Saturday, March 13 9:30am
Christie Nicholson, Scientific American
Will we be able to jack into the brain and upload helicopter instructions, like in The Matrix? We already have the technology to control a prosthetic arm or Twitter with thoughts alone. Dishes of neurons can control a robot. And scientists have created a working artificial memory chip in rats.
VIDEO: Andrew Schwartz Lab, University of Pittsburgh
They were able to infuse channels into a monkey’s brain to have it move a robotic arm/hand. At first the monkey would stumble trying to discover how to move the arm. But as they slowly got it to work they would just concentrate a little bit harder to finish the movement desired.
VIDEO: Matt Nagle, Beain Gate pioneer user
Matt was paralyzed from the neck down, and with a 1″ x 1″ computer chip located right behind the skull he was able to control computer games such as pong with his brain, dots on the screen, and the ability to open and close a synthetic hand.
Non Invasive, EEG: electroencephalography
This method is less accurate but it is just transistors you wear and no surgery is needed.
Partially Invasive, ECoG: Electrocorticography
This method sits on the brain, but does not go into it.
Invasive, Intracortical Electrode
This method goes 1mm into the brain matter, and as it sits there the brain matter actually grows around it, implanting more neurons, and making it more effective.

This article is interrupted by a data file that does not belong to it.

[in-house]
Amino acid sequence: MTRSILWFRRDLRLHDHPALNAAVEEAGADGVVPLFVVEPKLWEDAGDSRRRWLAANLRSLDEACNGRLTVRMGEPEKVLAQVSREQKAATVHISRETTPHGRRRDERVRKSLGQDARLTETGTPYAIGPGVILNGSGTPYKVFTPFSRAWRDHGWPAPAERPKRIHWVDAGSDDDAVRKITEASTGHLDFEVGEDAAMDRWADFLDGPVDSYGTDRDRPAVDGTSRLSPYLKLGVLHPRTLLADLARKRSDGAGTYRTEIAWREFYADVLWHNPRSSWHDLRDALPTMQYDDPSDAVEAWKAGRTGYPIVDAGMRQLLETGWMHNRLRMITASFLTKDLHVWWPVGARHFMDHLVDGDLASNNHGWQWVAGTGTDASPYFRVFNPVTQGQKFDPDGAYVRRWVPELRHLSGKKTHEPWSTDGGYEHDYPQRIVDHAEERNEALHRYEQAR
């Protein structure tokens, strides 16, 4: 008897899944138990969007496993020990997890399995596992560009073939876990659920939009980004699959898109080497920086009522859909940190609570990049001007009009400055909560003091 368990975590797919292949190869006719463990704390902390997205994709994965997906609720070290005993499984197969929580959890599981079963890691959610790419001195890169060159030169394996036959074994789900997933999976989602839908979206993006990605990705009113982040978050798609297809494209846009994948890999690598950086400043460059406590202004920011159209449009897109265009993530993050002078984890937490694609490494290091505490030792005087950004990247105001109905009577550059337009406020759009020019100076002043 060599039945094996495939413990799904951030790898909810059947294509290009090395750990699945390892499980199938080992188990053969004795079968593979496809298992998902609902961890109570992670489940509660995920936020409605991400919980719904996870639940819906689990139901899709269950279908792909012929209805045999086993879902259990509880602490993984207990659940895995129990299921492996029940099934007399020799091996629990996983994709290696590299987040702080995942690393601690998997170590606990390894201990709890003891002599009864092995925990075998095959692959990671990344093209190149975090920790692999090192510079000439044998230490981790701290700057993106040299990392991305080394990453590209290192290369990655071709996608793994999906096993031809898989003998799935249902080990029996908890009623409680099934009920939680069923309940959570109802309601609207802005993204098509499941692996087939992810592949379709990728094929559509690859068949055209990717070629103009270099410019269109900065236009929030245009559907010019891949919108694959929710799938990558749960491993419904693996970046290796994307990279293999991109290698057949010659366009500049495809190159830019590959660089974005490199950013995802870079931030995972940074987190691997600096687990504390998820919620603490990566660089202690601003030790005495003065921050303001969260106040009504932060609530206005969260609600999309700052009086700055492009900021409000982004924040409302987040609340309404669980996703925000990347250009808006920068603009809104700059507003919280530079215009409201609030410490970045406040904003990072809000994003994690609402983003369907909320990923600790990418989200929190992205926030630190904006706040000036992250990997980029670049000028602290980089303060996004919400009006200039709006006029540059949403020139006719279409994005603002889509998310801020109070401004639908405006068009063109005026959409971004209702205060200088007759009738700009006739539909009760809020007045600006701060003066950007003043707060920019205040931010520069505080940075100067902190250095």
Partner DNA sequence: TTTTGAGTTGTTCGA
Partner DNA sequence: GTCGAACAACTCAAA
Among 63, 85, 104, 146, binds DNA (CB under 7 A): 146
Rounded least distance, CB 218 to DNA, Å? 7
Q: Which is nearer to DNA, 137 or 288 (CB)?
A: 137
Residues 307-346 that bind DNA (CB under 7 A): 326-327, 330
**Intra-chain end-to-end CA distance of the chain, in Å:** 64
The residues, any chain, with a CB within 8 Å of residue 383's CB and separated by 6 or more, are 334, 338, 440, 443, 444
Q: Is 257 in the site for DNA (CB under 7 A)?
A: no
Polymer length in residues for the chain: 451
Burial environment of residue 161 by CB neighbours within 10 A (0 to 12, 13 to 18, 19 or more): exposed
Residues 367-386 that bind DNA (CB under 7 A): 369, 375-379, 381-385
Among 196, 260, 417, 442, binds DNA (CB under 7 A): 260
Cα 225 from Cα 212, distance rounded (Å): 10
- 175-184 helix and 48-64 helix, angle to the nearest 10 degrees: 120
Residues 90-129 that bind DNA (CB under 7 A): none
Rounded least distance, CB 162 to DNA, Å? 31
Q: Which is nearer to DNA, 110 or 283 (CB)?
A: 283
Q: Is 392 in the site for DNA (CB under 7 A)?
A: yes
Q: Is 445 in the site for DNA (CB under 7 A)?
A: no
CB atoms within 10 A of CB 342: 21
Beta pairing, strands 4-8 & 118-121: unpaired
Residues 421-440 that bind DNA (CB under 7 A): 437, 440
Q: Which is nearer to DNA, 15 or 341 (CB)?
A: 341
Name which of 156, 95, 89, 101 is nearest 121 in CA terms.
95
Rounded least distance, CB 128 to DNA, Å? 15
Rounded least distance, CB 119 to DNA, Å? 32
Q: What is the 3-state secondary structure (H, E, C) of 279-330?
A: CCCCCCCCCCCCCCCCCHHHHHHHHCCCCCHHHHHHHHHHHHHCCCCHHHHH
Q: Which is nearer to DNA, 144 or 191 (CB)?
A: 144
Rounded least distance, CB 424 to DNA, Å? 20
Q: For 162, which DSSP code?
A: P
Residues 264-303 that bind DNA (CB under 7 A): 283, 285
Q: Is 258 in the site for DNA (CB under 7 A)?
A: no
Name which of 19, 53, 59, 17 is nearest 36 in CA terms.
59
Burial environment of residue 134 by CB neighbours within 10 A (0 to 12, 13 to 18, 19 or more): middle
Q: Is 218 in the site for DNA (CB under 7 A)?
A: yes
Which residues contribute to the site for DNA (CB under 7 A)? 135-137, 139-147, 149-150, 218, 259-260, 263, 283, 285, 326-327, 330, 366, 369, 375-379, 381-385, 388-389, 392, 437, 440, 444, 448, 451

Rat Brain, Artifical Hippocampus
With rats they have been able to completely turn off their brains and use only a computer chip to control their movements to have them press a lever.
They’re requesting (and probably getting) funding for telepathic shoulders who will be able to communicate using EEG to other shoulders on the field.
VIDEO: Charlie rose & Miguel Nicolelis, Duke University, founder of DARPA
VIDEO: Optogenetics, controlling the brain with light, Karl Deisseroth’s Lab at Stanford University
Discovered from pond scum. The genes in it can be injected into rats and blue/yellow lights then interact with these rats.
Blue Brain, reverse engineering a map of the brain.
Henry Markham, Lausanne Switzerland